This process begins by sharing images and discussing what the client likes about them, or doesn’t like (Houzz.com is one popular tool), by looking at materials together with the client and pointing out pro’s and con’s. The designer’s mission at this point is to expose the client to the design possibilities that could work with their perceived lifestyle and the architectural design of the home. The parameters of what the designer shows the client should be bracketed within the limitations of budget, timeline and client’s stated preferences in terms of what they like or are concerned about. By sifting through the endless array of design materials and design possibilities prior to presenting to the client, the designer ends up giving the client a narrow range of choices that are all good choices, thus saving the Client a lot of time and confusion.
When the interior designer has gotten a “read” on what the client is looking for, it’s time to start putting the pieces together, so that “the look” of the different spaces in the home start coming together for the client. The designer can do this with “design boards”, CAD drawings, SketchUp 3-D drawings, materials and samples and other methods. The important thing is that the client feels comfortable that they are making the right decisions, from a place of being well-informed.
The interior designer is responsible for the documentation of all materials selected for the home in Excel spreadsheets, and for providing drawings and images to back up the designs. This documentation is distributed to other members of the team to insure all are on the same page. During construction, an interior designer is in regular contact with the architect, contractor and various trades, as well as the client, making sure that the documentation provided is clearly understood and is being expedited accurately.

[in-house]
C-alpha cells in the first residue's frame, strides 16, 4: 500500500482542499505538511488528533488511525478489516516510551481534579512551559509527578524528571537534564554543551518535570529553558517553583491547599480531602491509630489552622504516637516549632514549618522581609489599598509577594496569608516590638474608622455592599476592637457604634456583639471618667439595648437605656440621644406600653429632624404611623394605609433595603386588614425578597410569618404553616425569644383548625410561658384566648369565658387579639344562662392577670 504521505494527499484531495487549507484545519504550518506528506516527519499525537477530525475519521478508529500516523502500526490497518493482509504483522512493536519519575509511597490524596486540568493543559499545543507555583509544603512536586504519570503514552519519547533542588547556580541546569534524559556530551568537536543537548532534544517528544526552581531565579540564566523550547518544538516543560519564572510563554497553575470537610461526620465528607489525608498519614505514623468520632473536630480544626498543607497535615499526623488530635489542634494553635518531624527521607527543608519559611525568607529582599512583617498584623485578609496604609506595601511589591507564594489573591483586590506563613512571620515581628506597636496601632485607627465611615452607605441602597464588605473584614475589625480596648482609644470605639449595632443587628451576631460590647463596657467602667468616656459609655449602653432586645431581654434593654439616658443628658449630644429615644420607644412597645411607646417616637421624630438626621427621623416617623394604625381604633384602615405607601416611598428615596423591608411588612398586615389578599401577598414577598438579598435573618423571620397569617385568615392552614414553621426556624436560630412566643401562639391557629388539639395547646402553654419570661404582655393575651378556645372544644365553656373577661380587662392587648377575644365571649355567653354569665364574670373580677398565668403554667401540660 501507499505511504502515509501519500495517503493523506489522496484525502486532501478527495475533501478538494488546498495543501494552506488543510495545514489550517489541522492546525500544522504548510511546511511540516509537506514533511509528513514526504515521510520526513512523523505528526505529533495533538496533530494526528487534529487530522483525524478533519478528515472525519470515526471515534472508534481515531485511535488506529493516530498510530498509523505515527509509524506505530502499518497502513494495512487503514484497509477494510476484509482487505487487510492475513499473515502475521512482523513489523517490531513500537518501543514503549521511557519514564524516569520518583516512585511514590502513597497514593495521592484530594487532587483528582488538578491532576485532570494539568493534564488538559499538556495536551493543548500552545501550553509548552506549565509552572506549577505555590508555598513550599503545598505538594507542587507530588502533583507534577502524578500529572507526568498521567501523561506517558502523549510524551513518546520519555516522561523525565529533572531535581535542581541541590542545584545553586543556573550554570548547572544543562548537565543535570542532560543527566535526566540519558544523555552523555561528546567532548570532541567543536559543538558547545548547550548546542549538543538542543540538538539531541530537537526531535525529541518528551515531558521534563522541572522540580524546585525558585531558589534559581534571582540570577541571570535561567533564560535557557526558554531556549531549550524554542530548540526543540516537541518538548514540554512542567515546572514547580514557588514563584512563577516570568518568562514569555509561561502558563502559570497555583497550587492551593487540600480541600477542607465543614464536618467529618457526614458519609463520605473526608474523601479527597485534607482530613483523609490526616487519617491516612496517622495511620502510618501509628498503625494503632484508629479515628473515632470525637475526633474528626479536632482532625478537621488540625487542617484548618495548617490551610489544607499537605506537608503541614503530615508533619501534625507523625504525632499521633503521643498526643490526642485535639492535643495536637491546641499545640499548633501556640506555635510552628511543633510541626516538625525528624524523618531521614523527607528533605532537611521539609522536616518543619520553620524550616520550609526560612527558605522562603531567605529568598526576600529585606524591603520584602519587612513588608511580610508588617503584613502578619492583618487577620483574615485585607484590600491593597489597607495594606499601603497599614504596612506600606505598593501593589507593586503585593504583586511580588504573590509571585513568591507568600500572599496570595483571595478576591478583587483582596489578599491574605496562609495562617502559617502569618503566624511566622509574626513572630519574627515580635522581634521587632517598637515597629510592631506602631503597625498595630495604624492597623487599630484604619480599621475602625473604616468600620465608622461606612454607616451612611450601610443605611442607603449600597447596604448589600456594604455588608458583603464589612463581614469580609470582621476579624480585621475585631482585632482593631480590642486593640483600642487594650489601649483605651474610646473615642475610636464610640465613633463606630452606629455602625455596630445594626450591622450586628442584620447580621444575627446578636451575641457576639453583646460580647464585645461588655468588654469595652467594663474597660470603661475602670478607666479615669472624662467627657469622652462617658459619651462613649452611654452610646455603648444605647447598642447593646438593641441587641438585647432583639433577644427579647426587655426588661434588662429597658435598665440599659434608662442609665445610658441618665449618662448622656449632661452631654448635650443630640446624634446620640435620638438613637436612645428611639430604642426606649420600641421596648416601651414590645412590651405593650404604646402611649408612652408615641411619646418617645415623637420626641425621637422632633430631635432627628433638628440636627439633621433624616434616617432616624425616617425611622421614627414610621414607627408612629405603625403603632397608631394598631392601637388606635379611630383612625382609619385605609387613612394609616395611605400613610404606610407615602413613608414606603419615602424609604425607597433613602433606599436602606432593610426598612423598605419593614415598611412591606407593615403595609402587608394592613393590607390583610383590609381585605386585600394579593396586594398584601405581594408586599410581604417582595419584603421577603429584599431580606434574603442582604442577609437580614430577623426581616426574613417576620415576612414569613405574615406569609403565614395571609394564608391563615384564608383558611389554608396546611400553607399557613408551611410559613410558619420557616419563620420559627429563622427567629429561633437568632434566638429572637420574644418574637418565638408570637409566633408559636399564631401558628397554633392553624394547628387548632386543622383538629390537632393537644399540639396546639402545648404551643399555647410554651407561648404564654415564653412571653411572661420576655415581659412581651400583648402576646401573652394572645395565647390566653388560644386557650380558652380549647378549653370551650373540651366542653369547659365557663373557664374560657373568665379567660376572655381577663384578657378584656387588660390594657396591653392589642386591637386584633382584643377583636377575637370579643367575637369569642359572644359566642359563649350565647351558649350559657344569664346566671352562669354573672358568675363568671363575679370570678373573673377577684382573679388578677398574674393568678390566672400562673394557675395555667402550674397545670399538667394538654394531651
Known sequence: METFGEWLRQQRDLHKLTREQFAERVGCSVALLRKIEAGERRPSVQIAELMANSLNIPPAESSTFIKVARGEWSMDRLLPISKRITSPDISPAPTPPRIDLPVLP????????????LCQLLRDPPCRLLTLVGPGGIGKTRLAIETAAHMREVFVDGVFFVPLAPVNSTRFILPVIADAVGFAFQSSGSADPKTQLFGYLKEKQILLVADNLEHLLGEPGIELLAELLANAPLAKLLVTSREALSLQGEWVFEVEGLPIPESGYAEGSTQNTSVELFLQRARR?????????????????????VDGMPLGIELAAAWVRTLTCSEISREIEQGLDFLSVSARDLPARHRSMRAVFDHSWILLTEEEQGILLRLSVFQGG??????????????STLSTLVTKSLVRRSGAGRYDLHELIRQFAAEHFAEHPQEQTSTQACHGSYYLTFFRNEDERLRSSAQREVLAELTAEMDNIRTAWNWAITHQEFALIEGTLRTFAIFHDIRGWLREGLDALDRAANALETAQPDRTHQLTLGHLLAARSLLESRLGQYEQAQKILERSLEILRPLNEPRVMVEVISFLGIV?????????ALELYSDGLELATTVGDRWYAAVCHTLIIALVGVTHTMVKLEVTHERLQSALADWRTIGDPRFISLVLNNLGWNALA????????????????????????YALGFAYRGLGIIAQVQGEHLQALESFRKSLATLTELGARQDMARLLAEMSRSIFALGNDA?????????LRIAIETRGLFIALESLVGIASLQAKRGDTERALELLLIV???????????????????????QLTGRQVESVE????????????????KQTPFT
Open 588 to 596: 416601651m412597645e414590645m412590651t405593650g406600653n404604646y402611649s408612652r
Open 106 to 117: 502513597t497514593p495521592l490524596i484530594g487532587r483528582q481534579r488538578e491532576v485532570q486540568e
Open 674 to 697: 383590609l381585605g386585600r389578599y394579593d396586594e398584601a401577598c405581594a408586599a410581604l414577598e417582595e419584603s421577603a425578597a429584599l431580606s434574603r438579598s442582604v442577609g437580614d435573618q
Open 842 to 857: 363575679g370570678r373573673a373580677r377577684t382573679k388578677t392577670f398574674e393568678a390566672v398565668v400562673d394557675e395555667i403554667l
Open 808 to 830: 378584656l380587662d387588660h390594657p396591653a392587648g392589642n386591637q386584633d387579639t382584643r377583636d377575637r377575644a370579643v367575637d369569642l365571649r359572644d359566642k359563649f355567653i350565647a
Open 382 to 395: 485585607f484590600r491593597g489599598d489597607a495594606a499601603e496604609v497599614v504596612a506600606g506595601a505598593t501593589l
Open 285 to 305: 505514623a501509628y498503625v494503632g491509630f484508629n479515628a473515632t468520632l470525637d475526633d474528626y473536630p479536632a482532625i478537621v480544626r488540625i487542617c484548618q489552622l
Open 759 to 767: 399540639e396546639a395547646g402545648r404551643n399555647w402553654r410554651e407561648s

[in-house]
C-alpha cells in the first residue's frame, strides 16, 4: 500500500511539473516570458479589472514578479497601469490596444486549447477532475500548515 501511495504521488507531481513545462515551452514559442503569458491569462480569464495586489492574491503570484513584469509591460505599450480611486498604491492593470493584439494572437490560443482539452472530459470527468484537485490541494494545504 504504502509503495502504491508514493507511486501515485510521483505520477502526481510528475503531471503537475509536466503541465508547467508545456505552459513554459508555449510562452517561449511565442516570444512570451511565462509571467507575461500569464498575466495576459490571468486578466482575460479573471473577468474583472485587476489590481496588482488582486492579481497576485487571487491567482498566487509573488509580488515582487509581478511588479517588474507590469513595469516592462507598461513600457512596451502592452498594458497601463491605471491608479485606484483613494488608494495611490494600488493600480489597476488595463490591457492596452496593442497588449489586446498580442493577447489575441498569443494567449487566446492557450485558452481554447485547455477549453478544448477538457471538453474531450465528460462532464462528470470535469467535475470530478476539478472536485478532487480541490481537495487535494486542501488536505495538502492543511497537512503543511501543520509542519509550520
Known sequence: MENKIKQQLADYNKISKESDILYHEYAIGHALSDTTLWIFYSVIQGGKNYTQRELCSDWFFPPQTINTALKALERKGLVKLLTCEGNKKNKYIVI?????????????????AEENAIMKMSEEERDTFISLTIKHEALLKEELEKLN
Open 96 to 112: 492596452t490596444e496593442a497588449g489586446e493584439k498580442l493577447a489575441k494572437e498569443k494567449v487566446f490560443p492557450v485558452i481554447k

The process of finding an interior designer may also start by asking around a community. A respected interior design firm will have many photos of past projects to look at on their website, which gives a good idea of the designer’s skill level and whether or not they have a certain style that shows up over and over again, or if they work in a variety of design styles. Find out if they have the time to take your project on, how they charge, how they will keep the documentation for your project, if their fee includes site visits as needed, and ask who, specifically, will be working on your project. The owner or senior designer may not actually end up working with you very much if you hire a larger design firm with more than one project manager, or head designer. And most importantly, you have to feel that your designer of choice will care about your project, be a good listener, and give it the time that’s needed.
3. Landscape Architect
Landscape architects bring their own artistic skills to the Design Team, and should be involved at the very beginning of the design process, along with the architect and interior designer. They contribute design direction and bring new building materials to the table that are unique to their knowledge of outdoor spaces. They lay out the exterior spaces of the home to seamlessly compliment the architecture and blend together as one creation. It is very important that the architect and the landscape architect mutually respect one another’s skills, so they are always creating together, rather than each trying to achieve their own design vision.